Below are the blurbs and links from SEA,
This article is posted with permission from the publisher, the scholarly journal Bibliotheca Sacra. Please click on the attachment to view Robert B. Chisholm Jr., “ANATOMY OF AN ANTHROPOMORPHISM: DOES GOD DISCOVER FACTS?” Bibliotheca Sacra 164 (January-March 2007) 3-20.
This article reconciles God’s foreknowledge with some of the most difficult texts in the Old Tesament that can be taken to imply that God does not have exhaustive foreknowledge. Classically, Arminianism holds to God’s exhaustive foreknowledge of the future, a doctrine included in SEA’s statement of faith (see http://evangelicalarminians.org/sof) and to which SEA members must adhere. At the same time, Chisholm shows that these texts at least show that God’s knowledge is (sometimes) contingent on what people do. Though he does not draw the implications out for the Arminian/Calvinist debate, his conclusions support the Arminian view of God’s knowledge (and hence also his foreknowledge) of free human acts as contingent on those acts rather than on divine unconditional decree.
This article is posted with permission from the publisher, the scholarly journal Bibliotheca Sacra. Please click on the attachment to view René A. López, “IS FAITH A GIFT FROM GOD OR A HUMAN EXERCISE?” Bibliotheca Sacra 164 (July–September 2007) 259–76.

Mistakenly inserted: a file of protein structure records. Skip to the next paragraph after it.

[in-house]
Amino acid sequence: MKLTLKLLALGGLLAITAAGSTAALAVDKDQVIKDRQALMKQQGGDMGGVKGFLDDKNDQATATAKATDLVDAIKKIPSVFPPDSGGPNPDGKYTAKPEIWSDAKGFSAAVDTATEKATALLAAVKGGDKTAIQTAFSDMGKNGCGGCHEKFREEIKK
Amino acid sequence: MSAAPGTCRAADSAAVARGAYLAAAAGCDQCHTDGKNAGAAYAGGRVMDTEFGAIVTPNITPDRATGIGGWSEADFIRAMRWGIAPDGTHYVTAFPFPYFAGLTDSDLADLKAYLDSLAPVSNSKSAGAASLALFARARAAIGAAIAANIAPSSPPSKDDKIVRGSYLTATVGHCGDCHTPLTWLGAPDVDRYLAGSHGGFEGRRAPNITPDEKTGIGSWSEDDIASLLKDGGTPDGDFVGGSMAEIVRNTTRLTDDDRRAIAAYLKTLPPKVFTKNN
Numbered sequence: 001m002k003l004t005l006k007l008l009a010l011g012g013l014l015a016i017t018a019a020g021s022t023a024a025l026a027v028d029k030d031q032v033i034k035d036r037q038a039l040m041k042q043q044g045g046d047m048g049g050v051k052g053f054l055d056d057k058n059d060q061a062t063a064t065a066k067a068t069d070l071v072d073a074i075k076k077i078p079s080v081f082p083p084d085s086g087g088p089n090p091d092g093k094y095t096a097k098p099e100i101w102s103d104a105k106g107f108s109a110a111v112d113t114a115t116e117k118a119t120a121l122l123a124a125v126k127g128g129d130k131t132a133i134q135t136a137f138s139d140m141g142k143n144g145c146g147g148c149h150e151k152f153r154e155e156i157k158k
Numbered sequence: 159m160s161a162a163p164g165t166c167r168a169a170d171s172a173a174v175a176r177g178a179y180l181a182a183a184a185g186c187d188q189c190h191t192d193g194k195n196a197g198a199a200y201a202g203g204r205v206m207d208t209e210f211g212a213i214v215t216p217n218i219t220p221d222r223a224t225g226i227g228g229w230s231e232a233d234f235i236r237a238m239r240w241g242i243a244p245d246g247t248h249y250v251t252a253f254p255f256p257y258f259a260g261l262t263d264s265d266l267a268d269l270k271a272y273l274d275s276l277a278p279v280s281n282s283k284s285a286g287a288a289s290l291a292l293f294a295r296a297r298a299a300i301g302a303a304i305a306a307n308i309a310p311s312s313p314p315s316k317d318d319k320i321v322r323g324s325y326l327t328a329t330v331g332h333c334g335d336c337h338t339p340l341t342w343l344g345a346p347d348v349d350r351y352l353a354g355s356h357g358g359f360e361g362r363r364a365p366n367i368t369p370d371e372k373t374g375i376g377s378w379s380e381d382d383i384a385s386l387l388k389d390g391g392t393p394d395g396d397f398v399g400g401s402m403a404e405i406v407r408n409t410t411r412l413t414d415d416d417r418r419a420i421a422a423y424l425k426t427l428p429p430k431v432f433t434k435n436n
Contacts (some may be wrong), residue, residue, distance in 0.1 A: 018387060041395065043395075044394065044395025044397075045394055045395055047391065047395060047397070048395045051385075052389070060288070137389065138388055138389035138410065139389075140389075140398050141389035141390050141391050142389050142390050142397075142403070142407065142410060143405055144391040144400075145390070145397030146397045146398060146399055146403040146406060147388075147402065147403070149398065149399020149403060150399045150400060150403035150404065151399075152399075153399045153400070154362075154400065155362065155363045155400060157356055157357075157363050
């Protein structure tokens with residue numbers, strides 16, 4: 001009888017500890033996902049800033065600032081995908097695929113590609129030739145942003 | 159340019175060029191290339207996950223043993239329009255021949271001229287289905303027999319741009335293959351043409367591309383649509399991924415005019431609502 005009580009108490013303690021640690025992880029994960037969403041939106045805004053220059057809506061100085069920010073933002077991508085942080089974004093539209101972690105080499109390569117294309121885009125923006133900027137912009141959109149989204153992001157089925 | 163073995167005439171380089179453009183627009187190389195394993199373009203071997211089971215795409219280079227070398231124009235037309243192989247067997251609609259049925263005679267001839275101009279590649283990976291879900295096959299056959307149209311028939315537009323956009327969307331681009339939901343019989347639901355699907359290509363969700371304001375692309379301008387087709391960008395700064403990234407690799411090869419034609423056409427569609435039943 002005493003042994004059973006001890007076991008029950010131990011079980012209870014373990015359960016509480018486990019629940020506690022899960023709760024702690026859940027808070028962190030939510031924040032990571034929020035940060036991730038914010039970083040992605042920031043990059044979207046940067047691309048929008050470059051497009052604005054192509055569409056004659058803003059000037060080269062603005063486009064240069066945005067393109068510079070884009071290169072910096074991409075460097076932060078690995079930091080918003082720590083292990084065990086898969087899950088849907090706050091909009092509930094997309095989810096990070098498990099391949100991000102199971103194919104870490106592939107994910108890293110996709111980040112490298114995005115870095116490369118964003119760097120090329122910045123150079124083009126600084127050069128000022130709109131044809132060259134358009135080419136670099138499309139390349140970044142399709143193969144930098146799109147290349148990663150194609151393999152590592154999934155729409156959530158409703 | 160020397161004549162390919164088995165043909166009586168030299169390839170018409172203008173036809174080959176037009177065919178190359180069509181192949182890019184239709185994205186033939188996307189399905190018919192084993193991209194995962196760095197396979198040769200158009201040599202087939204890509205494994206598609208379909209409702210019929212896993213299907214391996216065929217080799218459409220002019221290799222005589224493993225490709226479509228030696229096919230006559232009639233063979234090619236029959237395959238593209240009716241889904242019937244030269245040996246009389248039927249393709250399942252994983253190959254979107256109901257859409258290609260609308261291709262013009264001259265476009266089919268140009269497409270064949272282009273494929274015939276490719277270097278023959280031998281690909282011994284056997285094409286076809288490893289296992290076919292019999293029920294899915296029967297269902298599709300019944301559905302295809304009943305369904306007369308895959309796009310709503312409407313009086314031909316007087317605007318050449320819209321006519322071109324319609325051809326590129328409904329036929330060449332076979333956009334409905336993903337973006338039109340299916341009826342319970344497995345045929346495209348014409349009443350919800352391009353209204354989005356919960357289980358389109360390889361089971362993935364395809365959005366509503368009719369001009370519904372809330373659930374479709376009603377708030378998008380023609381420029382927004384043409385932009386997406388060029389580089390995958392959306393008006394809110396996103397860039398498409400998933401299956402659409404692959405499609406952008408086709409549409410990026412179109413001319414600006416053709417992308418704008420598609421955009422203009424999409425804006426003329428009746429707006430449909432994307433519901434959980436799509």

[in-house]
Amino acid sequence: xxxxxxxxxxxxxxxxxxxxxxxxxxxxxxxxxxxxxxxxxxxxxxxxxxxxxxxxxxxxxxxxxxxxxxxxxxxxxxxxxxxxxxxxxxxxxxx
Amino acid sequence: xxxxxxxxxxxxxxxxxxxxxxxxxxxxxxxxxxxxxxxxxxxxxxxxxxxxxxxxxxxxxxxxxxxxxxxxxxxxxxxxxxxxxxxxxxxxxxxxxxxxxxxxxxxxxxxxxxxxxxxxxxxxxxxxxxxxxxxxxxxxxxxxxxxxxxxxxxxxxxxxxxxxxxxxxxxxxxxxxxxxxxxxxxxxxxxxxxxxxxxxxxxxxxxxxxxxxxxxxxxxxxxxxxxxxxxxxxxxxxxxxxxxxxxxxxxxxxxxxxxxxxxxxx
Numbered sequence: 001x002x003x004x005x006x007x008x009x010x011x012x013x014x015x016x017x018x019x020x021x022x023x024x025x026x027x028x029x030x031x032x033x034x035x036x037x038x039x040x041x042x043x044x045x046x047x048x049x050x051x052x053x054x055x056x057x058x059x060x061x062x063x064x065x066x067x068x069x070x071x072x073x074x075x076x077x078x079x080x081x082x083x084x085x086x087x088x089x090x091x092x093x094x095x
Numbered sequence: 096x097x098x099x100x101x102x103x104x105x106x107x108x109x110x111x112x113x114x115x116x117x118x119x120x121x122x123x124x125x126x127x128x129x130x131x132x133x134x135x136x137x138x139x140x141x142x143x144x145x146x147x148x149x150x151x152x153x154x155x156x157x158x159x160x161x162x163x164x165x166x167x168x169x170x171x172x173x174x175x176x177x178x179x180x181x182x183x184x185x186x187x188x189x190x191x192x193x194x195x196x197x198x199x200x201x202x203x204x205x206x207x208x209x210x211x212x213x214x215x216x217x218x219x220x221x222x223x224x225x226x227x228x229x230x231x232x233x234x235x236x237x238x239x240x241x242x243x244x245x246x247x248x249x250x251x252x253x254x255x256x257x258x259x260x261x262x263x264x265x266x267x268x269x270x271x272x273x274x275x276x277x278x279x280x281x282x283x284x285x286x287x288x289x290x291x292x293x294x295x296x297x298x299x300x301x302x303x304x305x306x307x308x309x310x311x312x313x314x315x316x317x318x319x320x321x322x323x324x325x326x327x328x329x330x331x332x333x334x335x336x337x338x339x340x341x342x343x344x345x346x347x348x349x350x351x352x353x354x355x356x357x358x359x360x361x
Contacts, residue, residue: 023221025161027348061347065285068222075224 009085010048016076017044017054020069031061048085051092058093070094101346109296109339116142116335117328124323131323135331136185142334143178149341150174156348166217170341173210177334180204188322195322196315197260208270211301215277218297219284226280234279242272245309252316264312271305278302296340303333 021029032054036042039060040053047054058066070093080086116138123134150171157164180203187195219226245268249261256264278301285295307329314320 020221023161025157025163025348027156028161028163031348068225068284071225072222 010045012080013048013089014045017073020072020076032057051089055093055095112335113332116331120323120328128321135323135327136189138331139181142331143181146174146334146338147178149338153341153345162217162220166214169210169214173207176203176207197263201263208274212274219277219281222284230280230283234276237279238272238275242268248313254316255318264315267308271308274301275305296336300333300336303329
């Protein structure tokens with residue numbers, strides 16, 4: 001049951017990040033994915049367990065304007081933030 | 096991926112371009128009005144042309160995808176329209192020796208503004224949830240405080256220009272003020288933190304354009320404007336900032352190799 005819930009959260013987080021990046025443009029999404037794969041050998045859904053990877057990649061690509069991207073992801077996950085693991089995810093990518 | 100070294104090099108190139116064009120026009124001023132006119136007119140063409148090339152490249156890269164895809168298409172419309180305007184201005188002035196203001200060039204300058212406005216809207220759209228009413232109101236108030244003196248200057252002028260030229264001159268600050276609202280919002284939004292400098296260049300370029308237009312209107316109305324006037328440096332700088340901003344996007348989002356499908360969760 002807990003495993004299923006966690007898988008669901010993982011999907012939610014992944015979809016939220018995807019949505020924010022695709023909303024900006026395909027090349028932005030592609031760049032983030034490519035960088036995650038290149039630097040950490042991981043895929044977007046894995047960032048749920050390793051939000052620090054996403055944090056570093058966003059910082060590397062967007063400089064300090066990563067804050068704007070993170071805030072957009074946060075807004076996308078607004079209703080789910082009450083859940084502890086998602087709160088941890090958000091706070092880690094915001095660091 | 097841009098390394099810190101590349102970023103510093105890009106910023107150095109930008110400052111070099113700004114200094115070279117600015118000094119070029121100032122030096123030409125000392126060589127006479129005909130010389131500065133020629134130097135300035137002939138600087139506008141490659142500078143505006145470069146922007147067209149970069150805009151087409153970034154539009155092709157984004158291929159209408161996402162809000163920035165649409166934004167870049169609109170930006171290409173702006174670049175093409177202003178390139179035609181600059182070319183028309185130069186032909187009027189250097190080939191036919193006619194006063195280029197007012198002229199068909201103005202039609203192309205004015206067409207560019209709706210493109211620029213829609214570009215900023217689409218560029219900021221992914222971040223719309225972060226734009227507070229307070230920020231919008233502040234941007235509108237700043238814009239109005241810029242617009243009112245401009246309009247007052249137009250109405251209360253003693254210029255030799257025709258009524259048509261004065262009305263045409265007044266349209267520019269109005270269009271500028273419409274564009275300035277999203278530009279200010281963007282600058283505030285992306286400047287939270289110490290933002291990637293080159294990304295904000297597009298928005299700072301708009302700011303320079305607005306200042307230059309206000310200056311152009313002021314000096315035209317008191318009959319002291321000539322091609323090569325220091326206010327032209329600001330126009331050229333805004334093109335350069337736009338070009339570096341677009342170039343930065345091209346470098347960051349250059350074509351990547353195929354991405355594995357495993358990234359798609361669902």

Does Arminianism Diminish God’s Glory? One charge often heard against Arminianism is that by allowing for human agency to play a significant role in the process of salvation, Arminians decrease the scope of God’s agency and thus diminish the glory that is rightly due him. Warfield, for example, urged that “men owe in each and every case their actual salvation, and not merely their general opportunity to be saved, to [God]. And therefore, to him and to him alone belongs in each instance all the glory, which none can share with him.” (Benjamin B. Warfield, The Plan of Salvation, Grand Rapids, MI: Eerdmans, n.d., p. 23, emphasis added). This argument by Calvinists has strong emotional overtones, and tends to be effective in silencing would-be objectors, given that no truly humble believer wishes to be seen as diminishing the glory of God.
Filed under: dead in sin, determinism, election, faith, foreknowledge, free will, irresistible grace, monergism, ordo salutis, predestination, prevenient grace, regeneration, sanctification, synergism, total depravity |